Athi Water Works Development Agency (AWWDA) is set to rebrand to a new logo and launch a new strategic plan that could see three counties receive more access to safe water.
The parastatal, which serves Nairobi, Murangá and Kiambu counties, also wants to nearly double the access to improved sanitation for people within its jurisdiction over the next five years.
In a statement, the Athi Water Works Development Agency said that it will launch its new strategic plan and rebranded logo on August 16.
“The August launch will bring together stakeholders, key agencies and sector specialists working in the Ministry of Water and Sanitation on a deliberative engagement on the best practices for water and sanitation management,” Athi Water Works Development Agency said.
At the ceremony, which will also see the parastatal launch a new website and mobile app, the Athi Water Works Development Agency will set targets on increased access to safe water and improved sanitation.
By 2024, Athi Water Works Development Agency will want the percentage of the population within the area it covers to increase to 80%, from the current estimate of 72.1%.
AWWDA will also bid to have improved sanitation reach 70% of the people within the three counties, rising from the current estimated 47%.
The parastatal will also want to initiate resource mobilization strategies that will seek to generate Ksh234.7 billion for financing water and sanitation infrastructure development within the next five years.
Expected to grace the event which will be held at the Radisson Blu Hotel in Nairobi are Ministry of Water Cabinet Secretary Simon Chelugui, Principal Secretary Joseph Irungu, Chief Administrative Secretary Winnie Guchu as well as Wilfred Marube of the Public Relations Society of Kenya.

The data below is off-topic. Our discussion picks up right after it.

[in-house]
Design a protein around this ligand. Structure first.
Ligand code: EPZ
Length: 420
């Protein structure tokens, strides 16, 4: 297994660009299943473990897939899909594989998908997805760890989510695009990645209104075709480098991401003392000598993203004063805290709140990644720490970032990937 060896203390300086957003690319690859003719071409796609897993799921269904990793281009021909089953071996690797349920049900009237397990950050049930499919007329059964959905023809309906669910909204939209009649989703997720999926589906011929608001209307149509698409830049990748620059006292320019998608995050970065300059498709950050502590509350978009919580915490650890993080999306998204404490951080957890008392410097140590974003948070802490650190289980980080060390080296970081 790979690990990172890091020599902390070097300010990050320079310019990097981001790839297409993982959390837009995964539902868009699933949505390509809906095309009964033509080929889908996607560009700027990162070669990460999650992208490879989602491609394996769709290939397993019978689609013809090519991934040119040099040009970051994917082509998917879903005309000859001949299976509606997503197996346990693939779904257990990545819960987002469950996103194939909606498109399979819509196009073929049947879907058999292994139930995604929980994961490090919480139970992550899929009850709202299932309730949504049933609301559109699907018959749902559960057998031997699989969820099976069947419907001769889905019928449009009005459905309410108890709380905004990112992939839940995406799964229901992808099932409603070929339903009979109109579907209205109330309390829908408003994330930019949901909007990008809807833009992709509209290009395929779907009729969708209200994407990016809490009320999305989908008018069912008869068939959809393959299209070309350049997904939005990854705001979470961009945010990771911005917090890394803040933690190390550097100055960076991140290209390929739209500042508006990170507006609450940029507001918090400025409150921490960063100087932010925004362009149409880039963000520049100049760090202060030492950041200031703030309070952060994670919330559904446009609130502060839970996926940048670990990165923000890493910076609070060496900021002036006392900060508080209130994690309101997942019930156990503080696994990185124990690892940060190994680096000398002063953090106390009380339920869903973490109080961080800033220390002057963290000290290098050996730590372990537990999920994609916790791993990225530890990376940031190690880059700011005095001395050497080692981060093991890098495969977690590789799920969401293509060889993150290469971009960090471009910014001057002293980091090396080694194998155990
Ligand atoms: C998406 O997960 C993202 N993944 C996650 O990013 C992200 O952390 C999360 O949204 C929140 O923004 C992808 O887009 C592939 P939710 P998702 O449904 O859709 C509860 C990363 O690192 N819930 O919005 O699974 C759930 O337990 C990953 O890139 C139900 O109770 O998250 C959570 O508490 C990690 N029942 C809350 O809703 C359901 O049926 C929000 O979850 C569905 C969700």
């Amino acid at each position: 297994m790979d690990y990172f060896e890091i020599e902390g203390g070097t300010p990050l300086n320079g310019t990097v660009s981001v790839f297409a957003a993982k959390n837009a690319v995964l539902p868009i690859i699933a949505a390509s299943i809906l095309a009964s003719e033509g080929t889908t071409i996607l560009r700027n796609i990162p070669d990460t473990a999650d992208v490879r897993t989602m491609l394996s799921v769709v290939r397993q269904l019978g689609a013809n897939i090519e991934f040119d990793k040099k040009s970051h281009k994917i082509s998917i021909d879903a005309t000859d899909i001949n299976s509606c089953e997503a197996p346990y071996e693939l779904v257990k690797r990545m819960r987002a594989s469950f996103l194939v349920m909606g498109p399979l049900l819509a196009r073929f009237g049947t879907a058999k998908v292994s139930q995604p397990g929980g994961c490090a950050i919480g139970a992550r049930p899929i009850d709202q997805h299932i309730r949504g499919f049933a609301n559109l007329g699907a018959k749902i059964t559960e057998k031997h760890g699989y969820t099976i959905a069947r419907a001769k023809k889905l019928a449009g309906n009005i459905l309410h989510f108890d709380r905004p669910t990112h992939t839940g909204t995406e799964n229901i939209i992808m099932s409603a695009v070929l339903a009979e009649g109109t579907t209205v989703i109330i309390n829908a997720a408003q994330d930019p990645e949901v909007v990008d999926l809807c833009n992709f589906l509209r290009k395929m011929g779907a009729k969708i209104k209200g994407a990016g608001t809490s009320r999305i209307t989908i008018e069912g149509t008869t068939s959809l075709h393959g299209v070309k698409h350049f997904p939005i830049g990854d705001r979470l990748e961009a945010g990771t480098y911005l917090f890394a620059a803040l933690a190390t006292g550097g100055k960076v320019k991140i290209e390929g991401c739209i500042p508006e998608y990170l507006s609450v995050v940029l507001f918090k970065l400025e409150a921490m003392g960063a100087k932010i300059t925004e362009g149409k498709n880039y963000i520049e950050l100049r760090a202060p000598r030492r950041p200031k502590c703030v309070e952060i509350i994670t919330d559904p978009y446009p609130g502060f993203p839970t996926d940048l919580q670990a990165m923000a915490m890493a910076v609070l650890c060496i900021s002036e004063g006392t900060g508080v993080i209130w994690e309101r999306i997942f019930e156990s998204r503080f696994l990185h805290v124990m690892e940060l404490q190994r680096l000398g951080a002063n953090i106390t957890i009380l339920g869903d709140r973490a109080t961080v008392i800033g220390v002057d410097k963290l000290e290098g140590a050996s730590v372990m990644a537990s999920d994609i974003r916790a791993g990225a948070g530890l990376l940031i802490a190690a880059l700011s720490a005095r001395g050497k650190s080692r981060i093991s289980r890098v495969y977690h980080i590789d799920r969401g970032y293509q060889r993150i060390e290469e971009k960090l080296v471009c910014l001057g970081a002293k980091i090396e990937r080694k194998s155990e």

The Athi Water Works Development Agency (AWWDA) is one of the eight Water Works Development Agencies (WWDA) established under the Ministry of Water and Sanitation. Others include the Lake Victoria North Water Works Development Agency, Northern Water Works Development Agency, and Rift Valley Water Works Development Agency.
The Water Works Agencies are operationalized by Kenya’s constitution which safeguards that every person has the right to reasonable standards of sanitation and to clean and safe water in adequate quantities.
Prior to the 2010 constitution, they were known as Water Services Boards. The 2016 Water Act, which came in to supplement the new constitution specified that development and management of national public works is to be undertaken by WWDAs. At the same time, each county was granted its own water works development agency.